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Ukraine has shown no signs of obeying a Russian ultimatum to surrender the eastern city of Sievierodonetsk as NATO defence ministers gathered in Brussels to discuss sending more heavy weapons to replenish Kyiv's dwindling stocks.
Russia had told Ukrainian forces holed up in a chemical plant in the shattered city to stop "senseless resistance and lay down arms" from Wednesday morning, pressing its advantage in the battle for control of eastern Ukraine.
Plans announced by Moscow to open a humanitarian corridor for civilians holed-up in the plant were disrupted, Russian-backed separatists said, blaming shelling by Ukraine.
Ukraine says more than 500 civilians are trapped alongside soldiers inside the Azot chemical factory where its forces have resisted weeks of Russian bombardment and assaults that have reduced much of Sievierodonetsk to ruins.
The mayor of Sievierodonetsk, Oleksandr Stryuk, said after the early morning deadline passed that Russian forces were trying to storm the city from several directions but Ukrainian forces continued to defend it and were not completely cut off.
British intelligence said the fighters in the chemical plant could survive underground and Russian forces would likely remain focused on them, keeping them from attacking elsewhere.
Reuters could not immediately verify the battlefield accounts.
The Azot bombardment echoes the earlier siege of the Azovstal steelworks in the southern port of Mariupol, where hundreds of fighters and civilians took shelter from Russian shelling. Those inside surrendered in mid-May and were taken into Russian custody.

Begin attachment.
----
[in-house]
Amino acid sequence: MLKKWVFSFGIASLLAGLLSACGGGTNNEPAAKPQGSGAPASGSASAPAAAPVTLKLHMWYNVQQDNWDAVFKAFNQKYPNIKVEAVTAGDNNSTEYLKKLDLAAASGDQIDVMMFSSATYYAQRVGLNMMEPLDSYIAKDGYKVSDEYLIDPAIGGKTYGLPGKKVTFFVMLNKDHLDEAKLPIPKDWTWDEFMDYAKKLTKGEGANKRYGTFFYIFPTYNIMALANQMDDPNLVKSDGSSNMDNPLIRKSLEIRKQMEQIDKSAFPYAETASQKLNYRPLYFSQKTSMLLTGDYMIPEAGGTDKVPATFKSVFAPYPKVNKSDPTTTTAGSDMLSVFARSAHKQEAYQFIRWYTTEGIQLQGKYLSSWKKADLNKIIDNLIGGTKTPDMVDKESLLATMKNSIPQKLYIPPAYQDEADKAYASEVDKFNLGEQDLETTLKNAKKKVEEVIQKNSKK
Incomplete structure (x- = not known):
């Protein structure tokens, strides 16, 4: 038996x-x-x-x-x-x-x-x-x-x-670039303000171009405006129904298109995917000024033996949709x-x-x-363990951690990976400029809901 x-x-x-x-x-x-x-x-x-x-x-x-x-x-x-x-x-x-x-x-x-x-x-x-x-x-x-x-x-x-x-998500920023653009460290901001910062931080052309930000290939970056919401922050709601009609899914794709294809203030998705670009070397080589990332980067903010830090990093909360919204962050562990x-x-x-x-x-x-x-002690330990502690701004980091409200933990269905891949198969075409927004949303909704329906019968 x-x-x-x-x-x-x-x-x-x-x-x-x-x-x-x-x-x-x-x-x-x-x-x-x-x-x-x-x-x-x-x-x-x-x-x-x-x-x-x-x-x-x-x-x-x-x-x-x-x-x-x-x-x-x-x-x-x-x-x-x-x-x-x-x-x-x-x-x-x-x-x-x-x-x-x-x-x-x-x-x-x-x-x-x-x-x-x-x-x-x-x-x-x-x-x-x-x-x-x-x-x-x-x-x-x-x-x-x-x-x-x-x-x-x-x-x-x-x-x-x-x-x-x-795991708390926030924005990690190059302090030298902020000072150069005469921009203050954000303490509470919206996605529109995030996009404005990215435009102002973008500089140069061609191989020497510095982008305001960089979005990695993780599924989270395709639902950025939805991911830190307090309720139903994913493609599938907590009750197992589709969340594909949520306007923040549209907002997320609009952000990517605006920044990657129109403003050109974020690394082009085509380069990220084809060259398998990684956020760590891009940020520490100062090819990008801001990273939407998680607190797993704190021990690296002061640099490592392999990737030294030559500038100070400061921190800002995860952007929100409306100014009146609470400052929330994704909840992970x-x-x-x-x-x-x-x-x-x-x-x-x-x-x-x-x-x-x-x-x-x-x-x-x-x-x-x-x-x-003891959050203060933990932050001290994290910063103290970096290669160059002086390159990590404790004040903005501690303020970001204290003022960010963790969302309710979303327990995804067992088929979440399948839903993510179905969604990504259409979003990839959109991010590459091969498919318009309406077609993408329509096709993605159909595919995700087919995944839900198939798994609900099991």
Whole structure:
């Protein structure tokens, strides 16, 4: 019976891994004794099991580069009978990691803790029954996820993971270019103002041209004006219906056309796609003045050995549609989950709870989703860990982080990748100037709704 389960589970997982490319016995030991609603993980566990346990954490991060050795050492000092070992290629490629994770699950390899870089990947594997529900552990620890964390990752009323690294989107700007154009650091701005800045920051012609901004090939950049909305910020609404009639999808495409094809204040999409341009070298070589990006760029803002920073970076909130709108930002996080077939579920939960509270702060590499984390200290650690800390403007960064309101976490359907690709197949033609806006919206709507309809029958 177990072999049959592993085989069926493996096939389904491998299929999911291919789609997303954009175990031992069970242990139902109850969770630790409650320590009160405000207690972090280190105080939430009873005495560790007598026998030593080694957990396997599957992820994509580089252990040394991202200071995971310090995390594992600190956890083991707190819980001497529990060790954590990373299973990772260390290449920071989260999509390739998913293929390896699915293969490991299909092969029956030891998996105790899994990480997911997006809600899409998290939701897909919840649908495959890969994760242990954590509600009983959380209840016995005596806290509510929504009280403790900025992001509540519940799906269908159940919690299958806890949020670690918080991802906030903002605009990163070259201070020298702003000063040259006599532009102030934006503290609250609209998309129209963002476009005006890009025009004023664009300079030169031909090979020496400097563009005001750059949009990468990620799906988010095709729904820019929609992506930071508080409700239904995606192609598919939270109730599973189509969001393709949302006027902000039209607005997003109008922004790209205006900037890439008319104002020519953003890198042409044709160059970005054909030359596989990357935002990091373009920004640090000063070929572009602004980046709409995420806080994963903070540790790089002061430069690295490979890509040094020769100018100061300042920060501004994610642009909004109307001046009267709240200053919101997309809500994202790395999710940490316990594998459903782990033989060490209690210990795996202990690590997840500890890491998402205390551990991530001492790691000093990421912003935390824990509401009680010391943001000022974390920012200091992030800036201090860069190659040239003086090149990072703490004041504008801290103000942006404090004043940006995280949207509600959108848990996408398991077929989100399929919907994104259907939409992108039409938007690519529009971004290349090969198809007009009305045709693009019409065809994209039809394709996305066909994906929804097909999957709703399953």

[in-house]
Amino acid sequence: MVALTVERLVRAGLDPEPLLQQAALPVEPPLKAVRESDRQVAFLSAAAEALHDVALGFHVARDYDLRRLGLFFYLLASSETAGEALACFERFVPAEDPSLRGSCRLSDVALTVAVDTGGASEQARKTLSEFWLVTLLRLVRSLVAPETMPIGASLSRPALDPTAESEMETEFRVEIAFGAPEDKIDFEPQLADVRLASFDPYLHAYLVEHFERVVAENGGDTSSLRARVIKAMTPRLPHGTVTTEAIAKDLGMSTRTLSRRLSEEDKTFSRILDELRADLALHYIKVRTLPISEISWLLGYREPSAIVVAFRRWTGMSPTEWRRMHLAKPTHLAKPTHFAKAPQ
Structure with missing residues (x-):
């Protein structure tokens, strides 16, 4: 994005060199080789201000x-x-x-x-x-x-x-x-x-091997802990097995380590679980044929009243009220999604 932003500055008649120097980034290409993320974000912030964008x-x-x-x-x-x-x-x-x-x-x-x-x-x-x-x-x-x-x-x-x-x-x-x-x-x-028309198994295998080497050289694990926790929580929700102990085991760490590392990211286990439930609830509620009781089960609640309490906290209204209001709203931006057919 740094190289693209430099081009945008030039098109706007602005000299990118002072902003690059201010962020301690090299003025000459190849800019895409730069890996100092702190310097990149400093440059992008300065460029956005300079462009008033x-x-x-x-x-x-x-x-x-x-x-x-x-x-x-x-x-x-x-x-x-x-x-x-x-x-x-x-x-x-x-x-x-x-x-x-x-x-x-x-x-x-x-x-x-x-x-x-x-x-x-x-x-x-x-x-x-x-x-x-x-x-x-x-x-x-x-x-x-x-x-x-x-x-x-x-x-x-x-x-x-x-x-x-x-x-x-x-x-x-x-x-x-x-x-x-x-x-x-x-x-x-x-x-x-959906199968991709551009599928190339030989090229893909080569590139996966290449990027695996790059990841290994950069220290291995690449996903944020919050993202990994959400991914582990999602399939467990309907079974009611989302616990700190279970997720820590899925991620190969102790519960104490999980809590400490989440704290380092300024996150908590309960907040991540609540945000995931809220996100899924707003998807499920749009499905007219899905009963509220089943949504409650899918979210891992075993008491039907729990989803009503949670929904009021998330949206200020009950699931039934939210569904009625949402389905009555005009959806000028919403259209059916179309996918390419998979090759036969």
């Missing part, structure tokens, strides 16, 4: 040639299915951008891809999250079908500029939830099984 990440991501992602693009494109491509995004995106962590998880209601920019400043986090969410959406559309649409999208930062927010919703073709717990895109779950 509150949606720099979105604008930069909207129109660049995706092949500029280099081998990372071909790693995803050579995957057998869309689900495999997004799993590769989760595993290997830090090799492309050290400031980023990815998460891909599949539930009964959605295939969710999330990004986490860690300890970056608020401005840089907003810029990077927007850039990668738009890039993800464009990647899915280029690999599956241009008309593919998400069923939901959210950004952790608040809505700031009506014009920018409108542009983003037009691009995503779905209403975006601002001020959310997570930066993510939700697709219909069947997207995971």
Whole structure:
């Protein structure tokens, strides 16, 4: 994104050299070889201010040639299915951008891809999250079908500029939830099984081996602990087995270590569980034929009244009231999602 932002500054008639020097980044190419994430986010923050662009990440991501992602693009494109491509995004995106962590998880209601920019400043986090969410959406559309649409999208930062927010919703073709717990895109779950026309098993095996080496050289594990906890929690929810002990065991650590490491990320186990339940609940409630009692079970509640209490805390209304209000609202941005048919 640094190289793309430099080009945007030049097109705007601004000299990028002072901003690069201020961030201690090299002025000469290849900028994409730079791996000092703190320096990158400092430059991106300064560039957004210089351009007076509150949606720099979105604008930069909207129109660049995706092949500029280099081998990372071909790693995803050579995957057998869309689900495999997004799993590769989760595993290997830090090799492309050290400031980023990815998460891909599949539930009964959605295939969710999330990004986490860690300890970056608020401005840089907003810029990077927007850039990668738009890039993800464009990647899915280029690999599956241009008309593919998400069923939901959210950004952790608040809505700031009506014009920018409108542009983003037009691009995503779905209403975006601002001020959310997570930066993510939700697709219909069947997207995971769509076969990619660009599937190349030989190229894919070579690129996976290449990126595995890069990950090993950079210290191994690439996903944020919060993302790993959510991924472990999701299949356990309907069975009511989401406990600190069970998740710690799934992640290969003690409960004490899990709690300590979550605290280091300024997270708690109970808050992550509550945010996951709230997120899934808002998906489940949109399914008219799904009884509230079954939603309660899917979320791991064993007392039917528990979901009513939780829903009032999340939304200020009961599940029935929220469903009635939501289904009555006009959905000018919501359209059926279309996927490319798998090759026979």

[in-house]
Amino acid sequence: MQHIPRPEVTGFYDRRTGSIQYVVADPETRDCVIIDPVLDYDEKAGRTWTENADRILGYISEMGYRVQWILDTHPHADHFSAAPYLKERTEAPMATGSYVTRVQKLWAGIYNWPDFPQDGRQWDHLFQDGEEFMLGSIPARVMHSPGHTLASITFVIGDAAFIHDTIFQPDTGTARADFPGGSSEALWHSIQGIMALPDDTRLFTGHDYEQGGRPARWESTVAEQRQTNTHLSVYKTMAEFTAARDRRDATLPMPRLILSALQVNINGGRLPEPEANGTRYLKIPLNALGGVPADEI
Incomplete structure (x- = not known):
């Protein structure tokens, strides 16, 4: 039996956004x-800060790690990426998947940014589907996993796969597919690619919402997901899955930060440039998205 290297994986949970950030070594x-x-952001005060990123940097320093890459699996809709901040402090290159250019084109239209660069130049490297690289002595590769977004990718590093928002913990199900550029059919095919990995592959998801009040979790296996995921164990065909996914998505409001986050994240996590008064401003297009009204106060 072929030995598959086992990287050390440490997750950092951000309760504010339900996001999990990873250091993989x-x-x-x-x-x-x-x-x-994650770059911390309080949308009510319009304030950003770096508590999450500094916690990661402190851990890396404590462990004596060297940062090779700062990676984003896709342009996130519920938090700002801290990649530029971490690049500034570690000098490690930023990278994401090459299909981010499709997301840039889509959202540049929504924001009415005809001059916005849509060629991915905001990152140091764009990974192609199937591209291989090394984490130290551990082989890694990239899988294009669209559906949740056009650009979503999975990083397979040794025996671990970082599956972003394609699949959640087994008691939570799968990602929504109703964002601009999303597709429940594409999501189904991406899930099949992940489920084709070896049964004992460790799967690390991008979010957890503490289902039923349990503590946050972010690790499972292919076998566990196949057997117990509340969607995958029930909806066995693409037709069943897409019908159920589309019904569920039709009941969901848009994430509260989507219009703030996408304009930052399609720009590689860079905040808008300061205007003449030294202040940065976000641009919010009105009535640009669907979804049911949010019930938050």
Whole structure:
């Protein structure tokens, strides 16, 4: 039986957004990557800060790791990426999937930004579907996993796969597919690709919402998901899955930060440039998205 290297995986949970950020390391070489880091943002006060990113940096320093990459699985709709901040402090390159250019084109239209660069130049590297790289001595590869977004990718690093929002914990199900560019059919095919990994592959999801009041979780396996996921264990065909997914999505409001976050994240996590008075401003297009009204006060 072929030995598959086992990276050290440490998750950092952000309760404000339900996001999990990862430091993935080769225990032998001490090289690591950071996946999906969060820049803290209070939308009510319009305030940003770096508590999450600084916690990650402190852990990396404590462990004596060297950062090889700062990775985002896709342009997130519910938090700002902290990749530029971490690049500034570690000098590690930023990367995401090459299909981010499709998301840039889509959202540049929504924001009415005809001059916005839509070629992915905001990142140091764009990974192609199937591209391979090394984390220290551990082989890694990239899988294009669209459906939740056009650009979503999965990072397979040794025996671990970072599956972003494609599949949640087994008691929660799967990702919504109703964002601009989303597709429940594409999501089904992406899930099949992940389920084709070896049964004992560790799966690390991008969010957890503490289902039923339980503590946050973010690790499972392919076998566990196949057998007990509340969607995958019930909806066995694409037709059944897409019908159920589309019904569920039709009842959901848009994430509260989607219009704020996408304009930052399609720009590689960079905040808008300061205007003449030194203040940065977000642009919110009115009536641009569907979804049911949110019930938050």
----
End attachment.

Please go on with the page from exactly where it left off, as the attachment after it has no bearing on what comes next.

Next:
The Russian assault on Sievierodonetsk - a city of barely more than 100,000 people before the war - is the current focal point of what has been called the battle of the Donbas.
Kyiv has said 100-200 of its soldiers are killed each day, with hundreds more wounded in some of the bloodiest fighting since Russia's February 24 invasion.
Ukraine on Tuesday said it was still trying to evacuate civilians after Russian forces destroyed the last bridge linking Sievierodonetsk with Lysychansk, which lies on higher ground on the western bank of the Siverskyi Donets river.
Western countries have promised NATO-standard weapons - including advanced US rockets. But deploying them is taking time, and Ukraine will require consistent Western support to transition to new supplies and weapons systems as stocks dwindle of their Soviet-era weapons and munitions.
The meeting in Brussels on Wednesday on the sidelines of a NATO defence ministerial is being led by US Defence Secretary Lloyd Austin. It is the third time the group of nearly 50 countries are meeting to discuss and coordinate assistance to Ukraine.
In May, the US Senate passed a bill to provide $US40 billion ($A58 billion) in additional aid to Ukraine, including $US15 billion ($A22 billion) for defence measures, and has promised longer-range rocket systems, drones and advanced artillery.
But Zelenskiy said Ukraine does not have enough anti-missile systems, adding that "there can be no justification in delays".
Russia gives no regular figures of its own losses but Western countries say they have been massive as President Vladimir Putin seeks to force Kyiv to cede full control of the Donbas and a swathe of southern Ukraine. Putin calls the war a special military operation against Ukrainian nationalists.
In Sievierodonetsk, momentum has shifted as Russia concentrated overwhelming artillery firepower on urban districts and then sent in troops vulnerable to counter-attacks.
Elsewhere in the Donbas, Ukraine says Russia plans to assault Sloviansk from the north and along a front near Bakhmut to the south.
To the south, Ukraine's military said it conducted three air strikes against troop concentrations, fuel depots and military equipment in the Kherson region.
The conflict has sent grain prices soaring and Western sanctions against Russia have driven up oil prices. The St Petersburg International Economic Forum was due to open on Wednesday without the usual high-level Western participation but a speech by Putin on Friday will be closely watched.